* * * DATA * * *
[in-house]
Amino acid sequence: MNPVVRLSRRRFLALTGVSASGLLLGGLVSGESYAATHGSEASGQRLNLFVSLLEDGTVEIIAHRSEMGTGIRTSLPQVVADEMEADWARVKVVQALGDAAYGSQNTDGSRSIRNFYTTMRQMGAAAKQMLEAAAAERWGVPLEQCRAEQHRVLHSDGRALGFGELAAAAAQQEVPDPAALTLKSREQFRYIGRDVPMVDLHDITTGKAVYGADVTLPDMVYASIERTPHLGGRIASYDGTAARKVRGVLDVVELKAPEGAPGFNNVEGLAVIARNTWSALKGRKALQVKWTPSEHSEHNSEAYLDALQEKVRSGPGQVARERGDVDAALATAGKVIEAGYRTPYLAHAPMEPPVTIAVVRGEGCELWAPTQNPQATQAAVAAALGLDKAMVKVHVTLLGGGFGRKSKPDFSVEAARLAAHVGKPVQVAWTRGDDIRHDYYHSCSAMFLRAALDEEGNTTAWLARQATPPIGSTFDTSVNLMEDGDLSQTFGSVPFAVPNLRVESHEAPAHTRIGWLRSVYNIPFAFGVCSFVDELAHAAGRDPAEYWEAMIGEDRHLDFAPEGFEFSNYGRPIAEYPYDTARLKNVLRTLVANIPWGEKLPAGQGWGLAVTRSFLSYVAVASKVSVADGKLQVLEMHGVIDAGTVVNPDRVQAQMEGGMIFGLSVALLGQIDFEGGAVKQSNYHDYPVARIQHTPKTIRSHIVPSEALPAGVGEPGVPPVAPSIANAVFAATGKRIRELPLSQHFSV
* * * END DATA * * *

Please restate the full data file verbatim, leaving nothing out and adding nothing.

[in-house]
Amino acid sequence: MNPVVRLSRRRFLALTGVSASGLLLGGLVSGESYAATHGSEASGQRLNLFVSLLEDGTVEIIAHRSEMGTGIRTSLPQVVADEMEADWARVKVVQALGDAAYGSQNTDGSRSIRNFYTTMRQMGAAAKQMLEAAAAERWGVPLEQCRAEQHRVLHSDGRALGFGELAAAAAQQEVPDPAALTLKSREQFRYIGRDVPMVDLHDITTGKAVYGADVTLPDMVYASIERTPHLGGRIASYDGTAARKVRGVLDVVELKAPEGAPGFNNVEGLAVIARNTWSALKGRKALQVKWTPSEHSEHNSEAYLDALQEKVRSGPGQVARERGDVDAALATAGKVIEAGYRTPYLAHAPMEPPVTIAVVRGEGCELWAPTQNPQATQAAVAAALGLDKAMVKVHVTLLGGGFGRKSKPDFSVEAARLAAHVGKPVQVAWTRGDDIRHDYYHSCSAMFLRAALDEEGNTTAWLARQATPPIGSTFDTSVNLMEDGDLSQTFGSVPFAVPNLRVESHEAPAHTRIGWLRSVYNIPFAFGVCSFVDELAHAAGRDPAEYWEAMIGEDRHLDFAPEGFEFSNYGRPIAEYPYDTARLKNVLRTLVANIPWGEKLPAGQGWGLAVTRSFLSYVAVASKVSVADGKLQVLEMHGVIDAGTVVNPDRVQAQMEGGMIFGLSVALLGQIDFEGGAVKQSNYHDYPVARIQHTPKTIRSHIVPSEALPAGVGEPGVPPVAPSIANAVFAATGKRIRELPLSQHFSV